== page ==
HONOR X9a review: (Not) All about the screen

Chinese brand HONOR is both literally and figuratively no longer the ecommerce-focused Huawei sub-brand it was in 2020. Now publicly owned by the region of Shenzhen, China, HONOR has emerged as a real player in the smartphone sphere in the last two years.

It even has a foldable line to go up against Samsung, with the latest device here, the HONOR Magic Vs, launched in November last year.

The brand has made the most of its Huawei teachings and designs, which only adds to the fact that its customers don’t have to find ways to circumnavigate the use of Google apps.

HONOR’s latest offering for South Africans is the HONOR X9a, a device supposedly in the brand’s mid-range lineup, but it punches above its weight and it costs a bit more for it.

Hypertext received a demo model of the HONOR X9a for review from HONOR representatives, among the first in the country. We found that the device is a solid showing from the brand. Let’s break it down:

Aesthetically, it reminds us of the TECNO Camon 17P, especially the model we had and its colour configuration. But at closer inspection, it is more akin to a Huawei smartphone, except for the circular camera bezel on the back which is unique to HONOR devices.

Overall, it is a good-looking, thin smartphone which is all screen but we have concerns about finding a case for the device. General vendors locally don’t keep many HONOR-specific cases.

This means users will have to find thin, transparent cases, which are the only ones that will provide camera usage thanks to this design choice.

HONOR X9a – Specifications

  • 2400 x 1080, 6.67-inch OLED display,
  • 8GB RAM + 5GB (HONOR RAM Turbo),
  • Qualcomm Snapdragon 695 5G chipset,
  • Adreno 619 GPU,
  • 256 GB (only around 228.56 useable),
  • Android 12 OS,
  • Magic UI 6.1,
  • Triple camera system, with a 64MP main camera,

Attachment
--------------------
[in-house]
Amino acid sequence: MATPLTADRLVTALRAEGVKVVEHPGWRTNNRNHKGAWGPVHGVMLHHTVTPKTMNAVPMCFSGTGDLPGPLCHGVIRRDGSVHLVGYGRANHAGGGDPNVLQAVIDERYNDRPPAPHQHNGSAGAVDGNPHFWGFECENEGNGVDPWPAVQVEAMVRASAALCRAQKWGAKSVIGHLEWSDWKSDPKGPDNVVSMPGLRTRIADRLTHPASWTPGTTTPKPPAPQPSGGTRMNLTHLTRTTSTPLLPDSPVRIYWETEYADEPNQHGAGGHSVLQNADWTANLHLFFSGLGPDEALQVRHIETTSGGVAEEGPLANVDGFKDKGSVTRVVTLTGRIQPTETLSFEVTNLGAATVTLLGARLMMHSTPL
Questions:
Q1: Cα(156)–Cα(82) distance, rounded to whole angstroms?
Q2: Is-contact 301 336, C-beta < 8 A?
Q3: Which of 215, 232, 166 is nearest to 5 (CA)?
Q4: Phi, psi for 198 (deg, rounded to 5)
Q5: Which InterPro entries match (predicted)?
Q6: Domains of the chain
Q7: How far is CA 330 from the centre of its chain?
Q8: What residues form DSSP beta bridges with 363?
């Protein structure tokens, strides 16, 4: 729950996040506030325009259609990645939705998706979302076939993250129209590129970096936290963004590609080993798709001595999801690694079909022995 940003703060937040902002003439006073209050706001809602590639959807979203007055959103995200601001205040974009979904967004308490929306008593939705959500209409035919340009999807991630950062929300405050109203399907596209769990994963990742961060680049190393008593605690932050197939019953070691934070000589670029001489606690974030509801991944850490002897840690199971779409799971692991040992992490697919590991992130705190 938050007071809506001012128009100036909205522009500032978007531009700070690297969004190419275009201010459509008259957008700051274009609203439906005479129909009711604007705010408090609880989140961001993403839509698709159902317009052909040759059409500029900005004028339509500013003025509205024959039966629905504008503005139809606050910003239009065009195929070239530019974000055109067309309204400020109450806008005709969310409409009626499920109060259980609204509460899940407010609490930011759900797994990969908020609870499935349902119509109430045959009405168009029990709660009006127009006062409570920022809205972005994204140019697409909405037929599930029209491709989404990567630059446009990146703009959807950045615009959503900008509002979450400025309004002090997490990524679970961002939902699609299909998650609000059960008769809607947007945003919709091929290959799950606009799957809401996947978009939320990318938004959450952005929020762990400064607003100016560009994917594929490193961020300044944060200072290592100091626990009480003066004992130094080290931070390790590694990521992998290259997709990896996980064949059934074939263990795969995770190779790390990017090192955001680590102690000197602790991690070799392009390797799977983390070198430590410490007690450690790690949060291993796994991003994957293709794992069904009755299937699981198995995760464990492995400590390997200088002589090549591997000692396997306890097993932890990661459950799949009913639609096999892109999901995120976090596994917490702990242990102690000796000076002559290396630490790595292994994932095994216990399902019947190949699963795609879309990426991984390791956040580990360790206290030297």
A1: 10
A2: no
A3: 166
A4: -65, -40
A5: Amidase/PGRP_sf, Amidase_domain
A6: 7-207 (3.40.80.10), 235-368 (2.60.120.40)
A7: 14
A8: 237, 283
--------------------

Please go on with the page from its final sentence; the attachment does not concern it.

• 5 100mAh battery, with 40W wired fast charging.

HONOR made a big song and dance about the X9a’s OLED screen, a first for its X series of smartphones, and for a reason. The X9a offers a visual bounty at first glance, with exquisite colours and eye-catching background presets.

No complaints from us in terms of screen fidelity, vibrant colours, sharp images and high contrast are a given here. When it comes to swiping across its menus, scrolling through social media or streaming video the X9a’s OLED is working hard to create a pleasant experience for the eye.

HONOR told the local media that it took extra precautions to make the smartphone’s OLED screen more durable in case of cracking. We vehemently recommend a glass cover because unfortunately the screen is easily scratched despite the brand calling it the “smartphone with the strongest screen.”

The on-screen fingerprint scanner was also pleasant to use and gave access every time without fail.

Performance-wise, the X9a’s Qualcomm silicon glides through everyday use, bolstered by its 8GB of RAM which is nothing to shrug at. Its hardware allows for usage that is precise and immediate. It isn’t at all sluggish and there was hardly any stuttering.